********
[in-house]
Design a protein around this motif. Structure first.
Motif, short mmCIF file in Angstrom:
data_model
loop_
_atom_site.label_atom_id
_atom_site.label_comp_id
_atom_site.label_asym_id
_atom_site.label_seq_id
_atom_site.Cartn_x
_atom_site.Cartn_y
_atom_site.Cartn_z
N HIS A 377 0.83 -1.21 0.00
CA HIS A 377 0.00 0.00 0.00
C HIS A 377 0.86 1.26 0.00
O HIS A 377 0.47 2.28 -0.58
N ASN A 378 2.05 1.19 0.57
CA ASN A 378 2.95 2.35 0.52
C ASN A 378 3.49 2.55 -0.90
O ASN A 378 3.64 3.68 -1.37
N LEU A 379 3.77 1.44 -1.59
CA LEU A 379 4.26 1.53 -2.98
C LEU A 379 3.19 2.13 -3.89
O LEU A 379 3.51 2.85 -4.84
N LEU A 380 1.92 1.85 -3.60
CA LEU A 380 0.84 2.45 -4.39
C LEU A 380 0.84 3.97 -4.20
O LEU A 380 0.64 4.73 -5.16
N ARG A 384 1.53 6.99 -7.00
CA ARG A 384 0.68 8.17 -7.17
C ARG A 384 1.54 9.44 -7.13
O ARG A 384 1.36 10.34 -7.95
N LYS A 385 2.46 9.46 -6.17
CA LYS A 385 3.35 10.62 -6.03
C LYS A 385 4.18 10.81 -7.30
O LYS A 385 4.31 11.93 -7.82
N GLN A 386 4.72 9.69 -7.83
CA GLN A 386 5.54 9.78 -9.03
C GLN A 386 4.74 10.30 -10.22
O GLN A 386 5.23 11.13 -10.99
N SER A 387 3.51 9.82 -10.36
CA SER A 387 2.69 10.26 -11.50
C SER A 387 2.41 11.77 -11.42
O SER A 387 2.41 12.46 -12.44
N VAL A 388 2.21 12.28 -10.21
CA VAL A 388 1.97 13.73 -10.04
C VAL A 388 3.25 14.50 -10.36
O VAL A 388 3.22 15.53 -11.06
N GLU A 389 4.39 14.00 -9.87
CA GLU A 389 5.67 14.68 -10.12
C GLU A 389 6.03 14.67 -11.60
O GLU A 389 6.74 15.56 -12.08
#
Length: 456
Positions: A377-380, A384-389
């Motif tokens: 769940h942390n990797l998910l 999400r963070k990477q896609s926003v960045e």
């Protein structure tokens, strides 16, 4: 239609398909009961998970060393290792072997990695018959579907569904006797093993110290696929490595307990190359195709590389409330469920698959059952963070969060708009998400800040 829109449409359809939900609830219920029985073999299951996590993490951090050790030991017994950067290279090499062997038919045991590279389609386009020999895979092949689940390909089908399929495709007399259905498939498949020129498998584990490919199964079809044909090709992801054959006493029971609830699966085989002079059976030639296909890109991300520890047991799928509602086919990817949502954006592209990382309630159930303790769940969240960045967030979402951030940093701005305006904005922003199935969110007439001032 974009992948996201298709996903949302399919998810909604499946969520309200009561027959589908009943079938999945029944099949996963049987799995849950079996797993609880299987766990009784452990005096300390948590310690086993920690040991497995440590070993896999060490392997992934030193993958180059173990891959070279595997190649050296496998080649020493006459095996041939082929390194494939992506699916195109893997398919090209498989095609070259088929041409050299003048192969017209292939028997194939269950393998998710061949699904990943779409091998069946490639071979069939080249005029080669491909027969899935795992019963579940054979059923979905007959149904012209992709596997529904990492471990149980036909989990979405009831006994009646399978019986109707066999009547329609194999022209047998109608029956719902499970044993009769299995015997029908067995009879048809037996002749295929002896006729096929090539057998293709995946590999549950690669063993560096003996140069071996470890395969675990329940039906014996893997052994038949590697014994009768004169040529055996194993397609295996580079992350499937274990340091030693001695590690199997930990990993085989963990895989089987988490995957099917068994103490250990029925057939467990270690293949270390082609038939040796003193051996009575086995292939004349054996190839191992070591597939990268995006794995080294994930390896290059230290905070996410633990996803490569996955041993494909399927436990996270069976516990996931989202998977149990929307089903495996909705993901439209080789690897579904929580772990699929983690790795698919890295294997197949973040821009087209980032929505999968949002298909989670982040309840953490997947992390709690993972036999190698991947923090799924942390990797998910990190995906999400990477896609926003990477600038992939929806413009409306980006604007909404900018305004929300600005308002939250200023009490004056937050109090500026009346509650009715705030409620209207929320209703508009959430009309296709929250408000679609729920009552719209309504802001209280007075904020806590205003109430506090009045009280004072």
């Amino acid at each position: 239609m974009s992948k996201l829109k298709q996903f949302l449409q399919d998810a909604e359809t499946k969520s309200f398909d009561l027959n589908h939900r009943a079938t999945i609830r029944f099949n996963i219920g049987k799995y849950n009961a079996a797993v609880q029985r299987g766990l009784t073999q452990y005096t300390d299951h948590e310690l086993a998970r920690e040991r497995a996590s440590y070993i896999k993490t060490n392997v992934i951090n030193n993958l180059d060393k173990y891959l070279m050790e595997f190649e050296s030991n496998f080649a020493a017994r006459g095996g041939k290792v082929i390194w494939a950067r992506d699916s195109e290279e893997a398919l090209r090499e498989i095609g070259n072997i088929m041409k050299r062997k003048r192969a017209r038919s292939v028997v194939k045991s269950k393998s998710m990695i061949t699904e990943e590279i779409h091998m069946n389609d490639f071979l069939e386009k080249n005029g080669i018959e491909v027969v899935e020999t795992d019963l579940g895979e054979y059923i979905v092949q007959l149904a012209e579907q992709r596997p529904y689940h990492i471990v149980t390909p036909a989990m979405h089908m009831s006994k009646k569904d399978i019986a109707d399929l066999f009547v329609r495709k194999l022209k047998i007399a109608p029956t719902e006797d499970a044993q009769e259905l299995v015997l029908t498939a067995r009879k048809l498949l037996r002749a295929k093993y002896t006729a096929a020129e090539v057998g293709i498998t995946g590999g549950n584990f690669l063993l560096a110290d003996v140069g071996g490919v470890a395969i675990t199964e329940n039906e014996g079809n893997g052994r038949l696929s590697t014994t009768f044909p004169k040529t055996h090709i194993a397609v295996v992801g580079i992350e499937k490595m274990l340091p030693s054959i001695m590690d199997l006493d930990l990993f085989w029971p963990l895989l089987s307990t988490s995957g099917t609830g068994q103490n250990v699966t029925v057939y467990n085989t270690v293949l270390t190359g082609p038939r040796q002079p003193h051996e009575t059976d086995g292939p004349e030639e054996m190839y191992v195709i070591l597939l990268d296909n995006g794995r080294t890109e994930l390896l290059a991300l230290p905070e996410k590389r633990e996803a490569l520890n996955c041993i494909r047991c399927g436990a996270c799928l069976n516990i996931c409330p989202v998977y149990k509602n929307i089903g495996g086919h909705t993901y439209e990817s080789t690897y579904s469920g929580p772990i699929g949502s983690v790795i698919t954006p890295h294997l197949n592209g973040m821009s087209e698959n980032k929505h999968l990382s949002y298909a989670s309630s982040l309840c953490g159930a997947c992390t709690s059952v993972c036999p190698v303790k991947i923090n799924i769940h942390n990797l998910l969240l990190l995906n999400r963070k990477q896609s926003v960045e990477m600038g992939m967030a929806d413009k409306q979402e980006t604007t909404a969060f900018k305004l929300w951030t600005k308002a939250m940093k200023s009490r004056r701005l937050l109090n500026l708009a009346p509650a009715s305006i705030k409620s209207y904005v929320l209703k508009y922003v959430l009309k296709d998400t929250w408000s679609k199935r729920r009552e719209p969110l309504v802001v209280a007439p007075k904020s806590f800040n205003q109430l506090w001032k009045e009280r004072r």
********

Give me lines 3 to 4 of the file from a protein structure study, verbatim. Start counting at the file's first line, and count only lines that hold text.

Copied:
Motif, short mmCIF file in Angstrom:
data_model